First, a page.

Extreme heat events are currently the leading weather-related cause of death in the United States, and can have significant impacts on vital social systems including food, water, energy and infrastructure. As a result of climate change, such events are projected to increase in both frequency and magnitude in the future. Prior studies suggest that individuals’ perceptions of heat risk are shaped by a combination of socio-environmental context and recent heat event experience—extreme heat events at the beginning of the summer, for example, tend to result in greater mortality than subsequent events.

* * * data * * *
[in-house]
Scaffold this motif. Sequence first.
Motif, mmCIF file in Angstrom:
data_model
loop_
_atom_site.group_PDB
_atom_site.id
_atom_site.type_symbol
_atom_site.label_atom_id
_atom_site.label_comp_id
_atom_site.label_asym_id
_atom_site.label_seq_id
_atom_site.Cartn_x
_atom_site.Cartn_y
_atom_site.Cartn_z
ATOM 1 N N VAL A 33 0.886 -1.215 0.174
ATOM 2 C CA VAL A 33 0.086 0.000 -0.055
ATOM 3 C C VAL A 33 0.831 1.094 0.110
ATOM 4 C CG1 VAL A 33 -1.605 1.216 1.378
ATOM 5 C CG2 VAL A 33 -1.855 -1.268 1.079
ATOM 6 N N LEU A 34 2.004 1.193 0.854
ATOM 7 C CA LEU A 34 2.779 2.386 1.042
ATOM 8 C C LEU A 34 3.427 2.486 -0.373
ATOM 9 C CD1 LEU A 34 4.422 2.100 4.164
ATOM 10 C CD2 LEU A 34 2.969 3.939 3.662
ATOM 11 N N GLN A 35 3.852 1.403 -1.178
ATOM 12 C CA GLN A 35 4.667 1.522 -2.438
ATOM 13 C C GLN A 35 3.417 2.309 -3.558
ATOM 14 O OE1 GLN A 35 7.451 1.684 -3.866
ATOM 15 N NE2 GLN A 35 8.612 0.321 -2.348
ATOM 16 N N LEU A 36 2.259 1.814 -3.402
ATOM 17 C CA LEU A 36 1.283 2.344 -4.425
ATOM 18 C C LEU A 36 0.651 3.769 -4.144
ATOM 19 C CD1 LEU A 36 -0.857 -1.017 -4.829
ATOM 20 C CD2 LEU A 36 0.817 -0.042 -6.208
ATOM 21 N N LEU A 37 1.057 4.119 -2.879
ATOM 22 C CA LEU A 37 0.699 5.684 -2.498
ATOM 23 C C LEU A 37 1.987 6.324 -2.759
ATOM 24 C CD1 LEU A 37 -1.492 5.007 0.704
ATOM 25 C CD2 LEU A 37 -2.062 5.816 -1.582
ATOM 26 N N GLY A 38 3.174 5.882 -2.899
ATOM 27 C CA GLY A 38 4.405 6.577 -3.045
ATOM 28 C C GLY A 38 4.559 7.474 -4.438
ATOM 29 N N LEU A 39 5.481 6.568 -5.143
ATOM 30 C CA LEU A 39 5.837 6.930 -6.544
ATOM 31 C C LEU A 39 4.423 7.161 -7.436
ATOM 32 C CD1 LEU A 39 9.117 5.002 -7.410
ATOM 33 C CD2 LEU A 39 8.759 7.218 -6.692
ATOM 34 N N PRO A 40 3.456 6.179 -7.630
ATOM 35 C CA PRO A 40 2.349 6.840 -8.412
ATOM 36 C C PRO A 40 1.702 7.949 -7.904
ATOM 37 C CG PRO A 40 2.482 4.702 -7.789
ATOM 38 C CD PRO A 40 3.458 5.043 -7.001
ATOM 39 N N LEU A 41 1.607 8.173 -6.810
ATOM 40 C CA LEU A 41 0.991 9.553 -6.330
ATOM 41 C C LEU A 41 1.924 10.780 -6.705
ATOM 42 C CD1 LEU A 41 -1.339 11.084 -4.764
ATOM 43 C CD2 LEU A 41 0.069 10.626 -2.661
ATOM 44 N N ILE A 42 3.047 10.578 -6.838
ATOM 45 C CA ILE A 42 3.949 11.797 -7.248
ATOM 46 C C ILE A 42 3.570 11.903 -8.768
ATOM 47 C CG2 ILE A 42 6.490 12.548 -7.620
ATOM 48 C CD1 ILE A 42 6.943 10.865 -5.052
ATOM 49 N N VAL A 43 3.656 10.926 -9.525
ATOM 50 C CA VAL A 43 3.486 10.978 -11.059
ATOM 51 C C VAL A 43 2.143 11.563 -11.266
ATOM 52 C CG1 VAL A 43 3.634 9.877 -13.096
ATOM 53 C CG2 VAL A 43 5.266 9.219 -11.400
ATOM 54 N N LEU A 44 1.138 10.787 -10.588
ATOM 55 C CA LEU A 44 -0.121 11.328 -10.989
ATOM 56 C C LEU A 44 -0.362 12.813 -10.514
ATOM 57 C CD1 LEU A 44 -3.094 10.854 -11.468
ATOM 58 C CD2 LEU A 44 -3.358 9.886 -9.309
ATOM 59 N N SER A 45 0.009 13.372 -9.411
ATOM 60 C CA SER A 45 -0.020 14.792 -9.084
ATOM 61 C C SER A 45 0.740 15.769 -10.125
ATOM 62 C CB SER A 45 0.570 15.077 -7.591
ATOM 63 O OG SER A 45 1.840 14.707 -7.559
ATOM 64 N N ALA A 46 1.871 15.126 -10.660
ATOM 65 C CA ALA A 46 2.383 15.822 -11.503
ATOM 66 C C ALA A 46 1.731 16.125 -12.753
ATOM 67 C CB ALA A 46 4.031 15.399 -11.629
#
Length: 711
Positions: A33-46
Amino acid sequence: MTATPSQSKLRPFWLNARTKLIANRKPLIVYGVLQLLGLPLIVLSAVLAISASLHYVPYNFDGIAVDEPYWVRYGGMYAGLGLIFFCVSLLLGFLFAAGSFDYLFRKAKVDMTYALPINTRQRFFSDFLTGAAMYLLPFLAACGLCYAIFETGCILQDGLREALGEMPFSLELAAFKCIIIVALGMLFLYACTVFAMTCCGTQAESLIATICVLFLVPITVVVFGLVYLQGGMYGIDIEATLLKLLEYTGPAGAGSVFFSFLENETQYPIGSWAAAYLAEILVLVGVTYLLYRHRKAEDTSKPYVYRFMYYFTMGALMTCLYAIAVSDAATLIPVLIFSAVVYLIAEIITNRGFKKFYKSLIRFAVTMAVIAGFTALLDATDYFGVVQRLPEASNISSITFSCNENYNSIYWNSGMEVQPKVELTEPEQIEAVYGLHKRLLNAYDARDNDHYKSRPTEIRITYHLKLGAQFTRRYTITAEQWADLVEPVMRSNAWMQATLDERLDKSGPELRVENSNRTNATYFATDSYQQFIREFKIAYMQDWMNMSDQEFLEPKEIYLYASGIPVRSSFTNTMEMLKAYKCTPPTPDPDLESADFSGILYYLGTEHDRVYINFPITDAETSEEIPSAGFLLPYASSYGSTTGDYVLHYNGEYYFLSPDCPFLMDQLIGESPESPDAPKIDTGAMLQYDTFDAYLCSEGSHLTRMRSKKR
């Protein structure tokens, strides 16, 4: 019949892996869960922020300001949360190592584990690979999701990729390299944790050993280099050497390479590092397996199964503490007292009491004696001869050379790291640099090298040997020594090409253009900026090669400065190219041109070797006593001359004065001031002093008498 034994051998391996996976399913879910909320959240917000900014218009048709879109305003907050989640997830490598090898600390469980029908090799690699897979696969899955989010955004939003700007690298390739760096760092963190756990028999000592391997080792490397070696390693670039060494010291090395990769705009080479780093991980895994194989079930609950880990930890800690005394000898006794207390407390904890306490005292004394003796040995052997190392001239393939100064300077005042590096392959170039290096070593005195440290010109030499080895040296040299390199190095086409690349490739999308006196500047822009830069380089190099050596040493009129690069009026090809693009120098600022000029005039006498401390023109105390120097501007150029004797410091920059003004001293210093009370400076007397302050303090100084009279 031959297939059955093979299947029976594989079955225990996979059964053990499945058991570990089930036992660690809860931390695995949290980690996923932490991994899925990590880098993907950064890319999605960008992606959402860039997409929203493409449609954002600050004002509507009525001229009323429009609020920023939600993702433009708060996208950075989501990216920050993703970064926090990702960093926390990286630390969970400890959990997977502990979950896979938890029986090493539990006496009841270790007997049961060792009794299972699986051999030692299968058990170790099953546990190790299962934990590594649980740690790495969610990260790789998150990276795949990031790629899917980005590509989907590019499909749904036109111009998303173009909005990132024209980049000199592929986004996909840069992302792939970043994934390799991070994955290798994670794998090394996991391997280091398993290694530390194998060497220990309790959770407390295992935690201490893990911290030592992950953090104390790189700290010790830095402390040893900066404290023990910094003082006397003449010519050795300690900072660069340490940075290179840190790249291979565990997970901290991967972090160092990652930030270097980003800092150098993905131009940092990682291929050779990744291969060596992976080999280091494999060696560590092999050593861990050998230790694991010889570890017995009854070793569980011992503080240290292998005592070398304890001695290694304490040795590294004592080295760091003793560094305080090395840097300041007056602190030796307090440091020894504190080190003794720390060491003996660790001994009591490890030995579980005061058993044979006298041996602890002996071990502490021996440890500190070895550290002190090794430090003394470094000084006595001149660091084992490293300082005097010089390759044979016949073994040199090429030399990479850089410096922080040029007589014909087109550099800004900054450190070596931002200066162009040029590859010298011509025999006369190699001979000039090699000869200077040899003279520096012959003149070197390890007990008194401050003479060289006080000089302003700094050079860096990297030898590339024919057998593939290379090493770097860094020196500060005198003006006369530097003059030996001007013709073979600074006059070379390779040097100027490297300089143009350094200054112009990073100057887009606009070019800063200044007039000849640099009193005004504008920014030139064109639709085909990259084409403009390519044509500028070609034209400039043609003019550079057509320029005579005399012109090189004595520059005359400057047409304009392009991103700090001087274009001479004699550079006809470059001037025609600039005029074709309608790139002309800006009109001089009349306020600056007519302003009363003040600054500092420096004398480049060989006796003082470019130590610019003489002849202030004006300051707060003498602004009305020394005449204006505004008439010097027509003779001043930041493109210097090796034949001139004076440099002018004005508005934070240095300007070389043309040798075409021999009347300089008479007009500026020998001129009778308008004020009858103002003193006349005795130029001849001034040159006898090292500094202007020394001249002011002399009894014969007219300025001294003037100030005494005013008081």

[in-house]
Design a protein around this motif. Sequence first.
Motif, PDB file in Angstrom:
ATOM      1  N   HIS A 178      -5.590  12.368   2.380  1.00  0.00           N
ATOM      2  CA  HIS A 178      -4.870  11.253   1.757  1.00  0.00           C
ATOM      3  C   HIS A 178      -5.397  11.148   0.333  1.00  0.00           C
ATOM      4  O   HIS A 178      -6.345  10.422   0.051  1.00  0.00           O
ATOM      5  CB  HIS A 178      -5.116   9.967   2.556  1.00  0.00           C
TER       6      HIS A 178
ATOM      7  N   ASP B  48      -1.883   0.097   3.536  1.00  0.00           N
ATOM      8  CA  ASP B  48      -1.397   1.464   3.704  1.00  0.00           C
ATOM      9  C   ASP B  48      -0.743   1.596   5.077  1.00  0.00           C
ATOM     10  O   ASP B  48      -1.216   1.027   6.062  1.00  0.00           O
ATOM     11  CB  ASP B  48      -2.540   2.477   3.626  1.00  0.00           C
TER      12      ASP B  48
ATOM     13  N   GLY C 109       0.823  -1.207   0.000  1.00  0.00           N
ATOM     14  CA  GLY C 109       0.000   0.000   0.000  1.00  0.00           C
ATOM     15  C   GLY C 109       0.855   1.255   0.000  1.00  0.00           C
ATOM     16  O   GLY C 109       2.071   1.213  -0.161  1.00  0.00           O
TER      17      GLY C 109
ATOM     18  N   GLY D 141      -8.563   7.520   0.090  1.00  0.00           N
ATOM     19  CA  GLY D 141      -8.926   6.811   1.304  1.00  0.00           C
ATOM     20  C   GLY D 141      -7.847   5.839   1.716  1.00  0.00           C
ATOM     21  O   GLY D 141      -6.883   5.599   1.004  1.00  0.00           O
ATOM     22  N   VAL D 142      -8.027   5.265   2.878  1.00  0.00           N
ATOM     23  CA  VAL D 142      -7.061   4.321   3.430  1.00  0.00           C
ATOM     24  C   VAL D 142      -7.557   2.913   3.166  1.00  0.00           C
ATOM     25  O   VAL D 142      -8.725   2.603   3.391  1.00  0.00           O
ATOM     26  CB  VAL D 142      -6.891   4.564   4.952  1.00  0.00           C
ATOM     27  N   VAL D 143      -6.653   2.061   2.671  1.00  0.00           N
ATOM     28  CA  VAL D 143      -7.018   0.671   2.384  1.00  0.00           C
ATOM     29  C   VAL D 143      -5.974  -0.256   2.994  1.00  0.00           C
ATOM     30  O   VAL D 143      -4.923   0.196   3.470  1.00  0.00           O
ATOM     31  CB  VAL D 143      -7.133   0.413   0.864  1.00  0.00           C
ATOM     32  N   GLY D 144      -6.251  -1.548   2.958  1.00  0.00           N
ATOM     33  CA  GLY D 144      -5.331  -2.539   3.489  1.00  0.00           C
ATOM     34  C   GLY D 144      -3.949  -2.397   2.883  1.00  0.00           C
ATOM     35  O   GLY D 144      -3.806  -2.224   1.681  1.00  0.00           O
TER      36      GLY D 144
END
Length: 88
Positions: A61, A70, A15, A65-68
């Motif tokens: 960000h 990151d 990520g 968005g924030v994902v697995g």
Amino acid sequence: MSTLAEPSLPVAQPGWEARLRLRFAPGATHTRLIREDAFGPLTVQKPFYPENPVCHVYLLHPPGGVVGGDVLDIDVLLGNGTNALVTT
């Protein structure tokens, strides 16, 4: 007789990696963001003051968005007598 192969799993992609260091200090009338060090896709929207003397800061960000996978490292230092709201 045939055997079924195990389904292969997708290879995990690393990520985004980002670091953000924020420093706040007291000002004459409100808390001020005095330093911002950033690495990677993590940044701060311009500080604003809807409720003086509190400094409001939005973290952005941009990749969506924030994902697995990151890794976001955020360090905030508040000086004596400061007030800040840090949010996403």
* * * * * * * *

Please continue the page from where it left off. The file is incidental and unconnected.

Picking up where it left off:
In this new project, YPCCC will collect survey data to investigate the role of socio-environmental context and personal experience on perceptions of heat risk at varying scales in the United States. By examining how perceptions of heat risk are jointly shaped by personal experiences with severe heat and socio-environmental factors like age, gender, and geography, YPCCC researchers hope to develop greater understanding of risk perception for extreme heat events at the individual, local, and county scale. Emergency managers and policymakers can then leverage this information to target at-risk communities before a major heat event occurs.
Check out some preliminary results on our blog.
This project is undertaken with generous support from the National Science Foundation (#DRMS-1459872). For more information, contact Jennifer Marlon (email@example.com).
Header image photo credit: https://www.flickr.com/photos/atmospheric-infrared-sounder/